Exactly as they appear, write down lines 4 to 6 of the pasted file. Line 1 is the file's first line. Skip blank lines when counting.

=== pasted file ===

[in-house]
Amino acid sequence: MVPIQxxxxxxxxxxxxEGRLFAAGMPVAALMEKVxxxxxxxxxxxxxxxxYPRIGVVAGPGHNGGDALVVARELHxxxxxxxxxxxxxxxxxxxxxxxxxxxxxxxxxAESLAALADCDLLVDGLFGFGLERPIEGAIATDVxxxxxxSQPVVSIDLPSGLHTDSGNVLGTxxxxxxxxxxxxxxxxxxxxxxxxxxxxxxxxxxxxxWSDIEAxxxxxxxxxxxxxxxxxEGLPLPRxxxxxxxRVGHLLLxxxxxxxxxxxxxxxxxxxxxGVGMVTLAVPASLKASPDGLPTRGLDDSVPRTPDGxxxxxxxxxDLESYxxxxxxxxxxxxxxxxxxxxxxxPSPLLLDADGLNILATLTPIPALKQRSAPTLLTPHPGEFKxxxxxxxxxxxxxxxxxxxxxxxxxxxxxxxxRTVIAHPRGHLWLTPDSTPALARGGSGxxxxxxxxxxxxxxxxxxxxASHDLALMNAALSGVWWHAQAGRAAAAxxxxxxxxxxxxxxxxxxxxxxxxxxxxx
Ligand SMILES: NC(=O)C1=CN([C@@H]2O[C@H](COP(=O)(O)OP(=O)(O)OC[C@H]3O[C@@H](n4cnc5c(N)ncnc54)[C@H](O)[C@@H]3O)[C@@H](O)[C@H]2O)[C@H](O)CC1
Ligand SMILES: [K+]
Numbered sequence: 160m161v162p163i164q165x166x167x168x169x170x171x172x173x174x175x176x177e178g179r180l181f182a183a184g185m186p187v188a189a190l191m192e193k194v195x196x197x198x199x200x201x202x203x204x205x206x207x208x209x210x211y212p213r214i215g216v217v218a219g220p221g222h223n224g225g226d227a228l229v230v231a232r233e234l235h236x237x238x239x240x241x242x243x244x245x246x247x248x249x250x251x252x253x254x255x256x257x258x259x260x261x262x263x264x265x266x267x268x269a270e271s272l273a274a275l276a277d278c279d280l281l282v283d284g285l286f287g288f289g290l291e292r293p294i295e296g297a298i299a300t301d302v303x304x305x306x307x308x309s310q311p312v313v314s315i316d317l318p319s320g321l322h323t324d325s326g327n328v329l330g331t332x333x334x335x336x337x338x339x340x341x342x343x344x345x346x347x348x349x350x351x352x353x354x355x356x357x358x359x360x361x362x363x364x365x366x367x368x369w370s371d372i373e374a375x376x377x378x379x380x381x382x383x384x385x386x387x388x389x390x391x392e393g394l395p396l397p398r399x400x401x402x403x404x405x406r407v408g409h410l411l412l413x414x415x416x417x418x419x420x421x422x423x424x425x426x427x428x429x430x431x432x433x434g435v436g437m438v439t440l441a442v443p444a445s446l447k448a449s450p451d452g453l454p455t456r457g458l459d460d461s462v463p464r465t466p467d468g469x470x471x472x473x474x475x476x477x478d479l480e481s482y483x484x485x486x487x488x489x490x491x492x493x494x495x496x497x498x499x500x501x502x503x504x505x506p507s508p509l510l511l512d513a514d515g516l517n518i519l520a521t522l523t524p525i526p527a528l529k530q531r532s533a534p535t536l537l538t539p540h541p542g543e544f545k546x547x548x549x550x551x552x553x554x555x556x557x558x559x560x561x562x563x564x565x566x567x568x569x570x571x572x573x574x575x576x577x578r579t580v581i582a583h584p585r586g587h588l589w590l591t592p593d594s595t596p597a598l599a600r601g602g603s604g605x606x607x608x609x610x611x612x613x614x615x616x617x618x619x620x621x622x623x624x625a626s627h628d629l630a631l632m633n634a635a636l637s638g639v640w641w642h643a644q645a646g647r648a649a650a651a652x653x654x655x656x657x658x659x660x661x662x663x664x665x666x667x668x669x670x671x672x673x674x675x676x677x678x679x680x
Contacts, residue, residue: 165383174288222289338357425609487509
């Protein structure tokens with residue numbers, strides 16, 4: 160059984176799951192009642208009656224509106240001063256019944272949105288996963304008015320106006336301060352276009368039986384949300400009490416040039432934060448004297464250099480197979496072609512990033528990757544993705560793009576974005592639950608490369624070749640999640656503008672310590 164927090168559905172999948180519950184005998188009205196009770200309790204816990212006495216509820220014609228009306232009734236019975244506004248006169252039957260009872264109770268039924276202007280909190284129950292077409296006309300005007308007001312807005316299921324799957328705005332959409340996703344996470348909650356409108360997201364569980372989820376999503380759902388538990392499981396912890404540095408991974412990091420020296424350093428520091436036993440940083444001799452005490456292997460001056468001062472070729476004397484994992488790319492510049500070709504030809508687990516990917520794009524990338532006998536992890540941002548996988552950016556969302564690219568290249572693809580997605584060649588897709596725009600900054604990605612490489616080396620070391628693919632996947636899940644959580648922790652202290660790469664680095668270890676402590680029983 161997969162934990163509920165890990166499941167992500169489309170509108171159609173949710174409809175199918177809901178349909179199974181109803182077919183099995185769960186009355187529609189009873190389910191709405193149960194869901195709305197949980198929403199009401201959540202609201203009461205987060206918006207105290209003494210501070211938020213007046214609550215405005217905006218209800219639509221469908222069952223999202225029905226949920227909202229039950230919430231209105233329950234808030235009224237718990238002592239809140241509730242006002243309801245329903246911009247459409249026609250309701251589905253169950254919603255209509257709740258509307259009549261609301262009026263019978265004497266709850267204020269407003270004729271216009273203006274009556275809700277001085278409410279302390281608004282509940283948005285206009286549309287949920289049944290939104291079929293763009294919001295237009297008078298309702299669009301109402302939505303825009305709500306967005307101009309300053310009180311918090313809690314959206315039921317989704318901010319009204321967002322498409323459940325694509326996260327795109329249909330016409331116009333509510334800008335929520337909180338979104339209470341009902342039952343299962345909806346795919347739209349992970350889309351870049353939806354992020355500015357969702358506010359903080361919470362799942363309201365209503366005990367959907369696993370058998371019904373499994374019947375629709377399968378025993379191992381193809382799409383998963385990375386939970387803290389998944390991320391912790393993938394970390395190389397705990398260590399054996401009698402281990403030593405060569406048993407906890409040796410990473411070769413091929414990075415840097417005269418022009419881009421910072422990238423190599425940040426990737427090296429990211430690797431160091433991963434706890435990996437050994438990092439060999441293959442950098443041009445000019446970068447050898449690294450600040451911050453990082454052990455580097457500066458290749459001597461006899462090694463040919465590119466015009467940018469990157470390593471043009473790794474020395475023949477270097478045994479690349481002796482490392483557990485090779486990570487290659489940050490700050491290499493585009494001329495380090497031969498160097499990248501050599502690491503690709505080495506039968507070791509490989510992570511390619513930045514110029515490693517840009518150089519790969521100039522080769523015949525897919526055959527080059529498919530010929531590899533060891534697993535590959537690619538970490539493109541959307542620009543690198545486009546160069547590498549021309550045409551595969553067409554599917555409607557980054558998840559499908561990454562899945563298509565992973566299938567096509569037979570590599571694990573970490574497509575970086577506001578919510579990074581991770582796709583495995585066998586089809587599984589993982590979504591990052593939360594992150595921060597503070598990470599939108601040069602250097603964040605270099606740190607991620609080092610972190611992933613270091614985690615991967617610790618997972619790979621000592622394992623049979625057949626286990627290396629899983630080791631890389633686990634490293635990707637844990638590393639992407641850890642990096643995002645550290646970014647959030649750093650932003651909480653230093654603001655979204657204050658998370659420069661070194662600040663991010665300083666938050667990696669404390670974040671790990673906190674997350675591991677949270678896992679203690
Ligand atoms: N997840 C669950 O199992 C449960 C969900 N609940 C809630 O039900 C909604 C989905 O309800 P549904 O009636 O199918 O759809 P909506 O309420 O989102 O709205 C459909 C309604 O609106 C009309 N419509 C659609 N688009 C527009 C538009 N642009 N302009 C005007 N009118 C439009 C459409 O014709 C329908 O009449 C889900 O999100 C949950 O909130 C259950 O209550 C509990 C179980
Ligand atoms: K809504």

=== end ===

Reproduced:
Ligand SMILES: [K+]
Numbered sequence: 160m161v162p163i164q165x166x167x168x169x170x171x172x173x174x175x176x177e178g179r180l181f182a183a184g185m186p187v188a189a190l191m192e193k194v195x196x197x198x199x200x201x202x203x204x205x206x207x208x209x210x211y212p213r214i215g216v217v218a219g220p221g222h223n224g225g226d227a228l229v230v231a232r233e234l235h236x237x238x239x240x241x242x243x244x245x246x247x248x249x250x251x252x253x254x255x256x257x258x259x260x261x262x263x264x265x266x267x268x269a270e271s272l273a274a275l276a277d278c279d280l281l282v283d284g285l286f287g288f289g290l291e292r293p294i295e296g297a298i299a300t301d302v303x304x305x306x307x308x309s310q311p312v313v314s315i316d317l318p319s320g321l322h323t324d325s326g327n328v329l330g331t332x333x334x335x336x337x338x339x340x341x342x343x344x345x346x347x348x349x350x351x352x353x354x355x356x357x358x359x360x361x362x363x364x365x366x367x368x369w370s371d372i373e374a375x376x377x378x379x380x381x382x383x384x385x386x387x388x389x390x391x392e393g394l395p396l397p398r399x400x401x402x403x404x405x406r407v408g409h410l411l412l413x414x415x416x417x418x419x420x421x422x423x424x425x426x427x428x429x430x431x432x433x434g435v436g437m438v439t440l441a442v443p444a445s446l447k448a449s450p451d452g453l454p455t456r457g458l459d460d461s462v463p464r465t466p467d468g469x470x471x472x473x474x475x476x477x478d479l480e481s482y483x484x485x486x487x488x489x490x491x492x493x494x495x496x497x498x499x500x501x502x503x504x505x506p507s508p509l510l511l512d513a514d515g516l517n518i519l520a521t522l523t524p525i526p527a528l529k530q531r532s533a534p535t536l537l538t539p540h541p542g543e544f545k546x547x548x549x550x551x552x553x554x555x556x557x558x559x560x561x562x563x564x565x566x567x568x569x570x571x572x573x574x575x576x577x578r579t580v581i582a583h584p585r586g587h588l589w590l591t592p593d594s595t596p597a598l599a600r601g602g603s604g605x606x607x608x609x610x611x612x613x614x615x616x617x618x619x620x621x622x623x624x625a626s627h628d629l630a631l632m633n634a635a636l637s638g639v640w641w642h643a644q645a646g647r648a649a650a651a652x653x654x655x656x657x658x659x660x661x662x663x664x665x666x667x668x669x670x671x672x673x674x675x676x677x678x679x680x
Contacts, residue, residue: 165383174288222289338357425609487509